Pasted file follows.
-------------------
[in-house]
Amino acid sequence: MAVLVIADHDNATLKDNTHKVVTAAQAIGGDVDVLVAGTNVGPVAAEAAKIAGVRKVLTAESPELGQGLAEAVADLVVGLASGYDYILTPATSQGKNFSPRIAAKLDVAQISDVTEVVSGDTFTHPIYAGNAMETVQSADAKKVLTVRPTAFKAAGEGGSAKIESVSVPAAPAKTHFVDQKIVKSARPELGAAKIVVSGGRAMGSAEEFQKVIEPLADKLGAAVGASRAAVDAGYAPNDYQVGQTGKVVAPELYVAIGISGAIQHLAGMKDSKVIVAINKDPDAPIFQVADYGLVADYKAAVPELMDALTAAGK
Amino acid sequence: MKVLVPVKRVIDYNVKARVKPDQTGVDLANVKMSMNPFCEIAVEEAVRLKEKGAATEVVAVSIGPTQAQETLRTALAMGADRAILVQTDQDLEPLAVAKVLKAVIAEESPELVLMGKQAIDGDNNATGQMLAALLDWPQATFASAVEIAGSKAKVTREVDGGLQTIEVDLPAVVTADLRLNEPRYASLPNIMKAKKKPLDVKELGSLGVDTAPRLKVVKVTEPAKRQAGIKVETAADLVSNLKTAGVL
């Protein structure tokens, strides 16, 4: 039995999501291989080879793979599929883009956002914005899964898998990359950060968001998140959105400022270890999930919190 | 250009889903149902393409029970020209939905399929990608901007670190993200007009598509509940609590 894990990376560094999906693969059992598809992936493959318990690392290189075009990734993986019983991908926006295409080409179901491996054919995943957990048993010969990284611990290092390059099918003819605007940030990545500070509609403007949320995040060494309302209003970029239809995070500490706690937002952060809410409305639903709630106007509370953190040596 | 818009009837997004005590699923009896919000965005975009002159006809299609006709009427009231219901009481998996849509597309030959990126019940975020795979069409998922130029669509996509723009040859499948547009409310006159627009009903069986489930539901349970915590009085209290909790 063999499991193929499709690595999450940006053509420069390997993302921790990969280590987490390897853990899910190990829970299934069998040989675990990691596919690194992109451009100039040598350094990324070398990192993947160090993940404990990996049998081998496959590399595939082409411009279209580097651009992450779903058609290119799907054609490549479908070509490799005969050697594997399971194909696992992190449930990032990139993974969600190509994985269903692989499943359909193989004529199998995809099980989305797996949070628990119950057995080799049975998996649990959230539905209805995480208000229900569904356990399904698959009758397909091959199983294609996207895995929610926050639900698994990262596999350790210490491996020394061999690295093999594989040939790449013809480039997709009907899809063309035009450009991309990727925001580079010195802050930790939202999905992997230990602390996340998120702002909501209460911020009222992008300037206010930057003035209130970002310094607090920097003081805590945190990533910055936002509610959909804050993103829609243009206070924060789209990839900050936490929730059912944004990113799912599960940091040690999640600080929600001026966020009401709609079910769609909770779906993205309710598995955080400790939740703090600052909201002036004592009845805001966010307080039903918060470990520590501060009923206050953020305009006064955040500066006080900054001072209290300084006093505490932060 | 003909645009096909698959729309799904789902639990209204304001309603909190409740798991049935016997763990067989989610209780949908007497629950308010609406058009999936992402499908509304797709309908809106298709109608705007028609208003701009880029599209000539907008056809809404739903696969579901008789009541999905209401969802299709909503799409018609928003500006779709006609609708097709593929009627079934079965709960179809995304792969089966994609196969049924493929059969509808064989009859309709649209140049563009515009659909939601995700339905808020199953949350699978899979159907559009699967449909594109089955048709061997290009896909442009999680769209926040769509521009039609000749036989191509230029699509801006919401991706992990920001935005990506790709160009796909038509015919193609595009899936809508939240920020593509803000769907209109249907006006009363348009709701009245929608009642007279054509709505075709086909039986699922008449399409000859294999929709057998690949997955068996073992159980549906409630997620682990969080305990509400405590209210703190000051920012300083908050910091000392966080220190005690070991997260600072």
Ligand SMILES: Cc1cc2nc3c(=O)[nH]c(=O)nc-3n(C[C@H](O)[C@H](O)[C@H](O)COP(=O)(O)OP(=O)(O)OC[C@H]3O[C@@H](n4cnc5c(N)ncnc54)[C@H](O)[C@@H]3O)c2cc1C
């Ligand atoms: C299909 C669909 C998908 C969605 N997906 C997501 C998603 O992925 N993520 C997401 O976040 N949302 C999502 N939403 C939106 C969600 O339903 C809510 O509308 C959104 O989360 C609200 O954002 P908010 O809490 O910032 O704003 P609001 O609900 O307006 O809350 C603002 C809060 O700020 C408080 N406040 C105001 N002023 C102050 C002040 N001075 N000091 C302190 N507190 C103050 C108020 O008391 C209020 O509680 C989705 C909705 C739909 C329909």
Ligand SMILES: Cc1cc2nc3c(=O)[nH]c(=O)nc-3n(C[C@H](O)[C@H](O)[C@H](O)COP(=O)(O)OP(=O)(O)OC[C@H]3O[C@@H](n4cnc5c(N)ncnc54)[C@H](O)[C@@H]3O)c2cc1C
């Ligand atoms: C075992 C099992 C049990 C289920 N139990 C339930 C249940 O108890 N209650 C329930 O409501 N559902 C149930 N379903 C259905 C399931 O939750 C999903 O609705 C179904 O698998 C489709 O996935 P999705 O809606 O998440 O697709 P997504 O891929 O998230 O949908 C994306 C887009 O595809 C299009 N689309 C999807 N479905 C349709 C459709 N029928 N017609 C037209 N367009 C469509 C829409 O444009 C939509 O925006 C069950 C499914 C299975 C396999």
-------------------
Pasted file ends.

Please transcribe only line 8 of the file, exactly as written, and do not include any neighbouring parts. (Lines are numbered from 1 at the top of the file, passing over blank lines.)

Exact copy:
């Ligand atoms: C075992 C099992 C049990 C289920 N139990 C339930 C249940 O108890 N209650 C329930 O409501 N559902 C149930 N379903 C259905 C399931 O939750 C999903 O609705 C179904 O698998 C489709 O996935 P999705 O809606 O998440 O697709 P997504 O891929 O998230 O949908 C994306 C887009 O595809 C299009 N689309 C999807 N479905 C349709 C459709 N029928 N017609 C037209 N367009 C469509 C829409 O444009 C939509 O925006 C069950 C499914 C299975 C396999």